Long-range Weather Forecasting

Wondering what lies ahead in terms of winter weather? Find out how meteorologist get their extended forecasts.


| January/February 2018


Everyone wants to know whether they will have to deal with harsh winter conditions, and they like to know as soon as possible. This takes us into the realm of “long-range weather forecasting” and its most famous product, the “winter outlook.”

Although numerous people and groups put out winter forecasts, the official forecast comes from the National Weather Service’s (NWS) Climate Prediction Center. The meteorologists there produce long-range monthly and seasonal forecasts up to a year in advance, and these are updated every month. So, you can get a forecast for next winter by the end of the current winter. As you approach the time period in question, forecast confidence typically increases.

I should mention here that the NWS uses the terms “forecast” and “outlook” for different situations. Forecasts are more precise with specific temperature and precipitation probabilities given, but only go out to seven days. Beyond this time frame, the NWS uses the term “outlook,” and predictions are less precise — typically just comparisons to normal or average conditions.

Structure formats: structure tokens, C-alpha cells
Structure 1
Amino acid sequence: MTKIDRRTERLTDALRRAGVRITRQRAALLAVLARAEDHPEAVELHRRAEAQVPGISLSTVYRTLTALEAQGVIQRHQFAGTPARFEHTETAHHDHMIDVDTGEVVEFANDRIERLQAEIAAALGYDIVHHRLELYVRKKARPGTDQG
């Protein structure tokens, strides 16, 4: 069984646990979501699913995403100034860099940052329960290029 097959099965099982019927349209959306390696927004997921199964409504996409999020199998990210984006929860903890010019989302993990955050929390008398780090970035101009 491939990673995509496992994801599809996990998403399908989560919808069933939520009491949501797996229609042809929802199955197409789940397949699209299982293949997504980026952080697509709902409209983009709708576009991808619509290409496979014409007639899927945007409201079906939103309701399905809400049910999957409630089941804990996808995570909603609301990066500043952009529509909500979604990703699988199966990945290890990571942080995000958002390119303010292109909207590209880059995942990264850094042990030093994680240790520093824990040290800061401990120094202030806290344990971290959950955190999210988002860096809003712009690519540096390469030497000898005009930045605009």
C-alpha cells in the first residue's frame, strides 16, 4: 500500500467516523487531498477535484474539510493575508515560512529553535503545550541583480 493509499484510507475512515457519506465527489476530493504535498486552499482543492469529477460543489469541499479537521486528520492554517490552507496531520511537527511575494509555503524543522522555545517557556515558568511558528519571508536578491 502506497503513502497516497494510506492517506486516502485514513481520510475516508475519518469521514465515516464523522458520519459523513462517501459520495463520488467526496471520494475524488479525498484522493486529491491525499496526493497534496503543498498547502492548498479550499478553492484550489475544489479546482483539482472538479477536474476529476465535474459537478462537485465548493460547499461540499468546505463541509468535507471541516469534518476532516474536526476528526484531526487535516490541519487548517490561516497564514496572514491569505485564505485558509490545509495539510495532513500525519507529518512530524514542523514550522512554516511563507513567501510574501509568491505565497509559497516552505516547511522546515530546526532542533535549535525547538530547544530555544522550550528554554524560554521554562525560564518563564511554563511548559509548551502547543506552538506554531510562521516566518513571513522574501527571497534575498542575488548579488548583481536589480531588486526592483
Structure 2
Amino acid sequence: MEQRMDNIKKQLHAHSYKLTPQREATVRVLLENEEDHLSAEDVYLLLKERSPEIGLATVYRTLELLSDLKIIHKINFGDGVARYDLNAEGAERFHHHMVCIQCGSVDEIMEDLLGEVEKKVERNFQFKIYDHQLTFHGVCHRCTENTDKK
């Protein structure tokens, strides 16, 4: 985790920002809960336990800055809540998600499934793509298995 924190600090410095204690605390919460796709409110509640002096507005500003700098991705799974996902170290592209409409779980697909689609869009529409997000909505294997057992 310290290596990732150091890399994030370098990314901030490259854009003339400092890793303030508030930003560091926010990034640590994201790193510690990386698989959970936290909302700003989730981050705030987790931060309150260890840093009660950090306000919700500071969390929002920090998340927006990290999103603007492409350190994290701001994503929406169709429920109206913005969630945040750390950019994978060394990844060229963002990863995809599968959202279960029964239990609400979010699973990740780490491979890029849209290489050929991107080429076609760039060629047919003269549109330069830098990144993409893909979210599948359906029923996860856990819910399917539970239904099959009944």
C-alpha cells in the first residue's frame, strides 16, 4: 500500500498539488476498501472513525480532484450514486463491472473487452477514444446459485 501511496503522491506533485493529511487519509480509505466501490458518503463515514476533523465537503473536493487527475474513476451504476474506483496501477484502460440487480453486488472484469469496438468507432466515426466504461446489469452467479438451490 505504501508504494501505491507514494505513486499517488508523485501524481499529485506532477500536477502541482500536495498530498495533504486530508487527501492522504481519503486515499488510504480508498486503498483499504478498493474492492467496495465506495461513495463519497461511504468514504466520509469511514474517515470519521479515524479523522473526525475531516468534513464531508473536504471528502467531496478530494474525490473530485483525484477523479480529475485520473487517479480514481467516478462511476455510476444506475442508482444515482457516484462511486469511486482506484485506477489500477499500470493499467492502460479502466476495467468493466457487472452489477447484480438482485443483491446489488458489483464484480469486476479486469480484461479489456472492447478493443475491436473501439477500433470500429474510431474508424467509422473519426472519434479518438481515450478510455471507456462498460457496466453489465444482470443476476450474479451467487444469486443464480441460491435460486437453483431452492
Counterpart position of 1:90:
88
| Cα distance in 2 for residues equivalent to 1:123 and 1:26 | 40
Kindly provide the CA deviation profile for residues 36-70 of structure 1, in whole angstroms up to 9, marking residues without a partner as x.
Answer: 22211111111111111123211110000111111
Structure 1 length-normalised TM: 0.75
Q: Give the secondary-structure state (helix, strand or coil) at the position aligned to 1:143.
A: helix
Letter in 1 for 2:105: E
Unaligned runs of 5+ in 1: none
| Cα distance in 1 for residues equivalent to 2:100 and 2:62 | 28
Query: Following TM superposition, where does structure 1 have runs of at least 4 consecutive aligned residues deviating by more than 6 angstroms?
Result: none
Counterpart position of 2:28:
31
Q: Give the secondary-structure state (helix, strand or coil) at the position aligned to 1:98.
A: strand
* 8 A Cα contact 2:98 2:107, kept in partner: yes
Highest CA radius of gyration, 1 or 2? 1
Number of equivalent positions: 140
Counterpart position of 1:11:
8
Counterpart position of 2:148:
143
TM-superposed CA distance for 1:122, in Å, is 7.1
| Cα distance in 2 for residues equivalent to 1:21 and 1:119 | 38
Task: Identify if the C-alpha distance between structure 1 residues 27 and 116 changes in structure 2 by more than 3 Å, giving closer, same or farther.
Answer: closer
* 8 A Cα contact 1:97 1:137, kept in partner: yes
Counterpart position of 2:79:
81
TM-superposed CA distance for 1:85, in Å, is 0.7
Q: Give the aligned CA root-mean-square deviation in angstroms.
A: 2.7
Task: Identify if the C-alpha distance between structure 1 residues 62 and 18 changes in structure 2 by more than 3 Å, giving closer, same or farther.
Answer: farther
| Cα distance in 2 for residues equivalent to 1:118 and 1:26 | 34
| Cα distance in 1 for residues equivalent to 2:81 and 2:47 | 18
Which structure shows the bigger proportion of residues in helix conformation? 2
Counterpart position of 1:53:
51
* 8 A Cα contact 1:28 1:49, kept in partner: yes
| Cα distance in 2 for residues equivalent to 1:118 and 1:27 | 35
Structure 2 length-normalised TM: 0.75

For extended outlooks, like the one for the following winter, temperature and precipitation predictions are given as above or below normal, or as “equal chances” (of above or below normal). This can be inferred as normal or average since there are no strong indications of abnormal conditions. The final forecast for the coming winter is issued in mid-November.

Making predictions

So how do NWS meteorologists make long-range forecasts, especially the winter outlook? They use computer models. When forecasting out to 14 days, there are mathematical models that will actually depict weather systems that control our weather. But the errors with these mathematical models compound over time, and they are fairly useless after 14 days. Beyond that, meteorologists must rely on less accurate statistical models. They will look at past conditions and consider persistence and any noticeable trends.

With nearly 70 percent of the Earth’s surface covered by water, ocean temperatures are a major factor. If possible, they look for large-scale weather patterns — patterns that are capable of lasting for months and can control the weather. To a large extent, the winter outlook is based on the El Niño/La Niña (EN/LN) cycle. The media has often made mention of them in recent years, and meteorologists first expressed interest in them back in the 1980s. The reality is that this cycle has been going on for hundreds, maybe thousands of years, and we’ve only just realized it.





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